The other side of the current political brouhaha (coup, etc.) is the relatively quiet but intense bid for charter change through–what else–constituent assembly and, possibly, people’s initiative. This bid supposedly takes care to plug the weaknesses of the 2006 failed bids.
The 2006 failures were directly traced to the opposition in the Senate, in the Comelec, by the churches, and by civil society. This current scheme includes the undermining of Senate resolve against charter change, forming a majority for charter change in the Comelec, dividing the churches, and forming a bogus civil society drumbeater among civil society groups. In this sense, the issue of federalism is being used (yet again!) as the raison d’etre for the attempt. Of course, the real provisions of interest are the transition provisions which would allow GMA or the current administration to hold on to the power beyond 2010.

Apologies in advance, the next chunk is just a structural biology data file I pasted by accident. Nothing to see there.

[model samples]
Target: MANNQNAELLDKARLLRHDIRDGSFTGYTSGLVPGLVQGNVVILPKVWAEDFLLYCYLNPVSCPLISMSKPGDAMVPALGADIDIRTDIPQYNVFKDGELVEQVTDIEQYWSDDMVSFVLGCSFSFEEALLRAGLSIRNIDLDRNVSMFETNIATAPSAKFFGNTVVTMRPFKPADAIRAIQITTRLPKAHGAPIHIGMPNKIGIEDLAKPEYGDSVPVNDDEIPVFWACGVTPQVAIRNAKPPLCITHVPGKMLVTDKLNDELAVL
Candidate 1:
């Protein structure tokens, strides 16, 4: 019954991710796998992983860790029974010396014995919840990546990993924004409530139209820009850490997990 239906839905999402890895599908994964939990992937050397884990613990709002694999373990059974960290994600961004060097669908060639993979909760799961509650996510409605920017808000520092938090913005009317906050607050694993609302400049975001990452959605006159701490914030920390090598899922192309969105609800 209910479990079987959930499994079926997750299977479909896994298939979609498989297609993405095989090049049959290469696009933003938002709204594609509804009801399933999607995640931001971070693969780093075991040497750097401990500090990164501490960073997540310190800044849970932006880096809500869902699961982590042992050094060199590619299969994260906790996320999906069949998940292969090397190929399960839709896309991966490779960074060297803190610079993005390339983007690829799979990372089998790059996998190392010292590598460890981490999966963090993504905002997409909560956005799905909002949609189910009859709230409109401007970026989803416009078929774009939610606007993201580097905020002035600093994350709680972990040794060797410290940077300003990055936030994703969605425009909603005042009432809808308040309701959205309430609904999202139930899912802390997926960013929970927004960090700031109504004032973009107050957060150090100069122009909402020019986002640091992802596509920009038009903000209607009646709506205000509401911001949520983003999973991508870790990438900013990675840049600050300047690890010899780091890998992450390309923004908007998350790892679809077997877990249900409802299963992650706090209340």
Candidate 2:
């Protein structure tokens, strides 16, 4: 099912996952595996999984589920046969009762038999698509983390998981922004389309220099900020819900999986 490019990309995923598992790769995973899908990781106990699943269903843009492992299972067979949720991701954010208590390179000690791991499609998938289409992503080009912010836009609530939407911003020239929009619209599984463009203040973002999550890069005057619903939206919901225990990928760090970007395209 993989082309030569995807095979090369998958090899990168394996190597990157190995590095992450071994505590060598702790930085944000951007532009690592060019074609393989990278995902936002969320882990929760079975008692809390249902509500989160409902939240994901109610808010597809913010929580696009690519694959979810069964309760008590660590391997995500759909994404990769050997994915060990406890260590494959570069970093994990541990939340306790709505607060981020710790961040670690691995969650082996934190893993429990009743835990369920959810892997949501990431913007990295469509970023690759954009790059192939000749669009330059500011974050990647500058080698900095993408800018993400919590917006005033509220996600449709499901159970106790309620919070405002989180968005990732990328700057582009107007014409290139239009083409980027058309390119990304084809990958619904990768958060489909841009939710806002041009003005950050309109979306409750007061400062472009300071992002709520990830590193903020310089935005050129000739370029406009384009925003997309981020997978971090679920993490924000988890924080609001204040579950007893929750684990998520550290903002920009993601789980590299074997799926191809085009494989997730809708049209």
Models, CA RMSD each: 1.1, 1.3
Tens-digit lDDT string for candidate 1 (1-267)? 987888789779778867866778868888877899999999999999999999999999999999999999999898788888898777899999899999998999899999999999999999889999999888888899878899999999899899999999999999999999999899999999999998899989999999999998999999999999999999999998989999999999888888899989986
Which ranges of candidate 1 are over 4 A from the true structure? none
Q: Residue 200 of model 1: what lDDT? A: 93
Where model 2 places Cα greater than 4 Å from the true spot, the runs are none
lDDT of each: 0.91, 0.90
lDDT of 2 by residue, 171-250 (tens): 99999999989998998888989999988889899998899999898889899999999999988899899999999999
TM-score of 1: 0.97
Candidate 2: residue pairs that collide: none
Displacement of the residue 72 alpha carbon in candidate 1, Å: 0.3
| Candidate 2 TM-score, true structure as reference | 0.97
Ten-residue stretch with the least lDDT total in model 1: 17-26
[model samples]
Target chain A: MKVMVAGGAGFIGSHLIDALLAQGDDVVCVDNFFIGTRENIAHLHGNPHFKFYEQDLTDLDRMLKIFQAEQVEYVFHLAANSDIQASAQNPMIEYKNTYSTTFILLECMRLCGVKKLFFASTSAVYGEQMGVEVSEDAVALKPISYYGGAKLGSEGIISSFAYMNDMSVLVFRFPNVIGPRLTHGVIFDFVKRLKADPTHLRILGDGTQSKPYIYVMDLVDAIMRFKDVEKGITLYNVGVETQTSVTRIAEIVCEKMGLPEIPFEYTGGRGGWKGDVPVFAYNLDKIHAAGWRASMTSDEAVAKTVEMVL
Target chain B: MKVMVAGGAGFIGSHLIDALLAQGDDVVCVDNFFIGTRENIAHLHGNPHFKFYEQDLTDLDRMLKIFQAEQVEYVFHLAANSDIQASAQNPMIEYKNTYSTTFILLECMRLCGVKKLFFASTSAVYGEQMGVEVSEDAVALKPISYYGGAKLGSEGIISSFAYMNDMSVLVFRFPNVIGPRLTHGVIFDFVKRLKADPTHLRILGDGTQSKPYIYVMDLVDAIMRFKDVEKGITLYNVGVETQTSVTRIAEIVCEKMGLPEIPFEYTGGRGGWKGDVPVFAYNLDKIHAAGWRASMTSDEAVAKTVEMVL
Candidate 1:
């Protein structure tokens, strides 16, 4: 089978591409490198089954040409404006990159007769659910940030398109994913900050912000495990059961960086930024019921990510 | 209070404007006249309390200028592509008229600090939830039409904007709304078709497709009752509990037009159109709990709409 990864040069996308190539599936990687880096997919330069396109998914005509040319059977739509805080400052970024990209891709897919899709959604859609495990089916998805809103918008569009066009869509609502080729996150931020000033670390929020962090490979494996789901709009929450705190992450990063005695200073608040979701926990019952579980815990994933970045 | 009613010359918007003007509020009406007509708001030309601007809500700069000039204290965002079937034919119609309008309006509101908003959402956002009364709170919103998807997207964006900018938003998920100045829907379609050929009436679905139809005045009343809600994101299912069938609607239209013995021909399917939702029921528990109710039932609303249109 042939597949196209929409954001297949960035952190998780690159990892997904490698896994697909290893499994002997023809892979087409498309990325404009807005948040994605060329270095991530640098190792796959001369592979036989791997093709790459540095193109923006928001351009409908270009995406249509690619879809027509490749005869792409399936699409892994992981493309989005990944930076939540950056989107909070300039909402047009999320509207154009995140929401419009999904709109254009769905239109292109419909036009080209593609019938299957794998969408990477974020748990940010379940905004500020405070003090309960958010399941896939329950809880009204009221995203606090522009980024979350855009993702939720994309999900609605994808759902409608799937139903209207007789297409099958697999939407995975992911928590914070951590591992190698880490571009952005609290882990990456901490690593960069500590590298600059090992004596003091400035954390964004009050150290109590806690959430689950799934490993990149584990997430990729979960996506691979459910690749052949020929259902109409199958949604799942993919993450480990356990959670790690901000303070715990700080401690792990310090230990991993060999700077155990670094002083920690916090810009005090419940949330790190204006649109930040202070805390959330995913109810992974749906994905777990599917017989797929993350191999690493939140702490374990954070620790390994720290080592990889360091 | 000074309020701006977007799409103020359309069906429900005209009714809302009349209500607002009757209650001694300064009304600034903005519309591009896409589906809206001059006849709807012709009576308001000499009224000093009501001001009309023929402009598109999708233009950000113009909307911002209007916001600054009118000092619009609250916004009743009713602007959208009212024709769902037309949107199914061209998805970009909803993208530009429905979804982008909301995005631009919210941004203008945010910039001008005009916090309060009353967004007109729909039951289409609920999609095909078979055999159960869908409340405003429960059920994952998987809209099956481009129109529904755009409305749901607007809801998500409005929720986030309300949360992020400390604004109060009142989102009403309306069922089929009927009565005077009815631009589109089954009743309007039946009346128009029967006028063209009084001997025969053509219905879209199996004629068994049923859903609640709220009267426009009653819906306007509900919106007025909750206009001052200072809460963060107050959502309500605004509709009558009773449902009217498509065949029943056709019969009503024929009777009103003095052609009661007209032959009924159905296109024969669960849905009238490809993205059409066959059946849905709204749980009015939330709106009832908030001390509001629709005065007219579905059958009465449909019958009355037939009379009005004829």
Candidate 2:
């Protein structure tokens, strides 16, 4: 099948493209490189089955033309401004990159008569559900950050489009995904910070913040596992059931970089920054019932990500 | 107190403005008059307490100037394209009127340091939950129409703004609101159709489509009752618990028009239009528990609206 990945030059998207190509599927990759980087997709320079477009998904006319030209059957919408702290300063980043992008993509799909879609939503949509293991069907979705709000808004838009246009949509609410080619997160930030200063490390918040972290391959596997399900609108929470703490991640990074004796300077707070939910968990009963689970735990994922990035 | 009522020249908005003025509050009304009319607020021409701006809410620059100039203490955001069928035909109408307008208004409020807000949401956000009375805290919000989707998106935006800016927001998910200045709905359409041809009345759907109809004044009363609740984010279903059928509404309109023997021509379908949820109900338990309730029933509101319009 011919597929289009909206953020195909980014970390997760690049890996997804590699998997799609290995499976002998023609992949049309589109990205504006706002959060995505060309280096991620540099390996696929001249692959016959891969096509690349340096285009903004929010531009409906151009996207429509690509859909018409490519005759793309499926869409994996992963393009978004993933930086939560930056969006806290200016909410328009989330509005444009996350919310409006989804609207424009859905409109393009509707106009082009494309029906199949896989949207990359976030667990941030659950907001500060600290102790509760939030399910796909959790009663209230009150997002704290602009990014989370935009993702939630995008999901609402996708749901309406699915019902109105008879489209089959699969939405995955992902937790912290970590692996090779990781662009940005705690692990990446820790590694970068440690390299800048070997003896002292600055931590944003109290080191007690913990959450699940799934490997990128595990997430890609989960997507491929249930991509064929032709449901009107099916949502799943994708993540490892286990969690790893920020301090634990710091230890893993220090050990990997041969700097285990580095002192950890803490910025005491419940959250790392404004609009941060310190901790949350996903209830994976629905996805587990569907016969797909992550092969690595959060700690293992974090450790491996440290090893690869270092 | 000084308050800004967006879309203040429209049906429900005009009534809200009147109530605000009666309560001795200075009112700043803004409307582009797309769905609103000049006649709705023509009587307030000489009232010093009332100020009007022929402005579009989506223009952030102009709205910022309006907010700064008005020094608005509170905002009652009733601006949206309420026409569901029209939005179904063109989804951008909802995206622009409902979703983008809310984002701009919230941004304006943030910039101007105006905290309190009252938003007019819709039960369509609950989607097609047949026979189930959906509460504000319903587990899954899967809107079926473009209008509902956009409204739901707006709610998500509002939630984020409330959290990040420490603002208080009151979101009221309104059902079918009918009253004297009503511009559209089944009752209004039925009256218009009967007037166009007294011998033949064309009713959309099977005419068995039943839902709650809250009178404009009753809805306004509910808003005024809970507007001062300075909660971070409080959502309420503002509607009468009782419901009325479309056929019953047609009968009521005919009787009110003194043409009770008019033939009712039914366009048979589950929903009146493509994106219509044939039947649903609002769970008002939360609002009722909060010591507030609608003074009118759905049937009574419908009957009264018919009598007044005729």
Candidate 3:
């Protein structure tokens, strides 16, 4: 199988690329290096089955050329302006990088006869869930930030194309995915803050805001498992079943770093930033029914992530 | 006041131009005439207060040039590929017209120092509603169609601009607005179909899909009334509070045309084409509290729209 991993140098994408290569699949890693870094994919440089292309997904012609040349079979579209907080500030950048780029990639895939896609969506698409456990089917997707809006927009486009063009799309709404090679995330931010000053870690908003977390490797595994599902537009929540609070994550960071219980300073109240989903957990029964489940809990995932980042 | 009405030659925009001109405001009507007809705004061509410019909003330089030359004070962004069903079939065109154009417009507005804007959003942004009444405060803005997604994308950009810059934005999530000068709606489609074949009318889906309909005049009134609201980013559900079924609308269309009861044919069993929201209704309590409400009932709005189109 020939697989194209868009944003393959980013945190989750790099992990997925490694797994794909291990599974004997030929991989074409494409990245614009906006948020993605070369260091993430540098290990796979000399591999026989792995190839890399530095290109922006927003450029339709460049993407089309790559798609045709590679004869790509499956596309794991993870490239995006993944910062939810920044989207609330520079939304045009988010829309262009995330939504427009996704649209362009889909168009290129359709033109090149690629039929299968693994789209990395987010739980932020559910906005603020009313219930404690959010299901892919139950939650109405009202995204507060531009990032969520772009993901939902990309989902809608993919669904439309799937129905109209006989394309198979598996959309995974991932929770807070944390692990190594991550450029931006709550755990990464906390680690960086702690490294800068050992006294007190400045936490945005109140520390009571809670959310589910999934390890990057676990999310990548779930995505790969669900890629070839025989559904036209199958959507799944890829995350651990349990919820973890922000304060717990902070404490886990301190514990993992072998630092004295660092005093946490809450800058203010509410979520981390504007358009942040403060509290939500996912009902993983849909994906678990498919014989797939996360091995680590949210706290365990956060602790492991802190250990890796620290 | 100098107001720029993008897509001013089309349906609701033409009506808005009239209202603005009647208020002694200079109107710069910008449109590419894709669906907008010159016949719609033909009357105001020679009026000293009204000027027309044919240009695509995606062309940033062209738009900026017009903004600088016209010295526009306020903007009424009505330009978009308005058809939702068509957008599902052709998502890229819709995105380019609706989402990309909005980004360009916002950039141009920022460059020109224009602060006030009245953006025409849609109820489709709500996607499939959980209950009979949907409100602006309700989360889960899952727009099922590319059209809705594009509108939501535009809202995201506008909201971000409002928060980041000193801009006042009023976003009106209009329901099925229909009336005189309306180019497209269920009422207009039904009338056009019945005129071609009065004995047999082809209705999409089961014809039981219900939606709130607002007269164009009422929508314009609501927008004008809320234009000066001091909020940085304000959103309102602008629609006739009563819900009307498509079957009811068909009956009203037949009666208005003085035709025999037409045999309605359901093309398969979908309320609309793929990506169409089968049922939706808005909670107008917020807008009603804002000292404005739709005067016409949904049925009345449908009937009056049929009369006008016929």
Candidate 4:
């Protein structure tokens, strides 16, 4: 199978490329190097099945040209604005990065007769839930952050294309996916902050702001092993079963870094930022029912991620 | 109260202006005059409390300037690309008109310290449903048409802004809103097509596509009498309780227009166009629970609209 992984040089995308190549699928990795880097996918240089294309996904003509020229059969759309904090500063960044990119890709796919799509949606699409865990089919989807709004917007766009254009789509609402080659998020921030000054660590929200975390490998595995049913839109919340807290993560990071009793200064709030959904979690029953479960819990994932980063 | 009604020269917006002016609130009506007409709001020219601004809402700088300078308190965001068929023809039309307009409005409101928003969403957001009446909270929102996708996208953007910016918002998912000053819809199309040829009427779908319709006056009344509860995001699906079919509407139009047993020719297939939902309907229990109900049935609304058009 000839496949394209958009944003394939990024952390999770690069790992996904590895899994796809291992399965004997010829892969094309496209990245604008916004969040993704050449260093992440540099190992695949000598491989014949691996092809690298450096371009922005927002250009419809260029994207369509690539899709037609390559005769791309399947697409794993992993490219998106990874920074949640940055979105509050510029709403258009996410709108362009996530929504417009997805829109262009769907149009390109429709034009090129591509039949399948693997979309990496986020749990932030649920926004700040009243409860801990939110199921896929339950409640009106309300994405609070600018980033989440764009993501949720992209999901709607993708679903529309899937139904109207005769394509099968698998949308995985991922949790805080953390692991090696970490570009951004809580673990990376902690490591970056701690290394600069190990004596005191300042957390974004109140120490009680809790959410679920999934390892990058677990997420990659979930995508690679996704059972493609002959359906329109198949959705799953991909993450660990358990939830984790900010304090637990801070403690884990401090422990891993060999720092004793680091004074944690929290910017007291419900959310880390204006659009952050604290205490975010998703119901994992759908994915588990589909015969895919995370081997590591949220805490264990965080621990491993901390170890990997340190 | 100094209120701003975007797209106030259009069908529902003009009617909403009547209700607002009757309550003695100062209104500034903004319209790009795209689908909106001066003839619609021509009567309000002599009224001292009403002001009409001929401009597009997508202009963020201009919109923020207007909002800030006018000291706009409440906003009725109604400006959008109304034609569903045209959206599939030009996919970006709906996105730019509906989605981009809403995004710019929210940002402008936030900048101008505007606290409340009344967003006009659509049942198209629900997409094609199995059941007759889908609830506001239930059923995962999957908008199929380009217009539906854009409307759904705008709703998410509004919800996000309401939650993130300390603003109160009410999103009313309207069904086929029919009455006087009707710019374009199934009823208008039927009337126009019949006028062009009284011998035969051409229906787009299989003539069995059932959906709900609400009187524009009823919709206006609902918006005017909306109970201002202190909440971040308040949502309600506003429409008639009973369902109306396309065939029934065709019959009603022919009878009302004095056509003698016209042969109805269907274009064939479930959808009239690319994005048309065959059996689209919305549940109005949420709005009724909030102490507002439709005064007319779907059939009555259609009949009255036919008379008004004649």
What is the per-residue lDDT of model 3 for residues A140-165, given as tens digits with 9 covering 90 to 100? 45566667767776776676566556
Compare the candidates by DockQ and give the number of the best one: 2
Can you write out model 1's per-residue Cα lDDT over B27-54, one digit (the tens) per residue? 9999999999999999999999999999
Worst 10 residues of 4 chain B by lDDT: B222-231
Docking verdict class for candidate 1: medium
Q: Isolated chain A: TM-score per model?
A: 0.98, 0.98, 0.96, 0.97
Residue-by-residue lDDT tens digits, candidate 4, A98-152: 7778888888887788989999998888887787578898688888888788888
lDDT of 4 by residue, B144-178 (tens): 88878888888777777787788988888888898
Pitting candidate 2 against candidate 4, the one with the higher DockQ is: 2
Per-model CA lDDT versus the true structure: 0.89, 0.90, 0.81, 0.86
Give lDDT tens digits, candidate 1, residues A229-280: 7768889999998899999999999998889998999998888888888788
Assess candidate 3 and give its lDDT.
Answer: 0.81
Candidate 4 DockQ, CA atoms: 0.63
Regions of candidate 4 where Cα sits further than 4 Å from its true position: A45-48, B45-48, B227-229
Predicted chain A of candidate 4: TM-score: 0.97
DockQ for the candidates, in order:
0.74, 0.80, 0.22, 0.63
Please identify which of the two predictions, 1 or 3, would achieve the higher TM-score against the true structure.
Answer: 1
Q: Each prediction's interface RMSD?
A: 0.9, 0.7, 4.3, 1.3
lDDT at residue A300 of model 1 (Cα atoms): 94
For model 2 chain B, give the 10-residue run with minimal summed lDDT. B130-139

Why is there this desperate insistence on a stay in power? For GMA and her personal coterie, it is the continuing failure to get assurances from presidentiables to protect them after 2010, the possibility of an Estrada candidacy bent on revenge, the impending impeachment attempt in October, and the paucity of winnable candidates in the Malacañang stable.
The political pot is again boiling–but the clock is already ticking for the non-electoral options.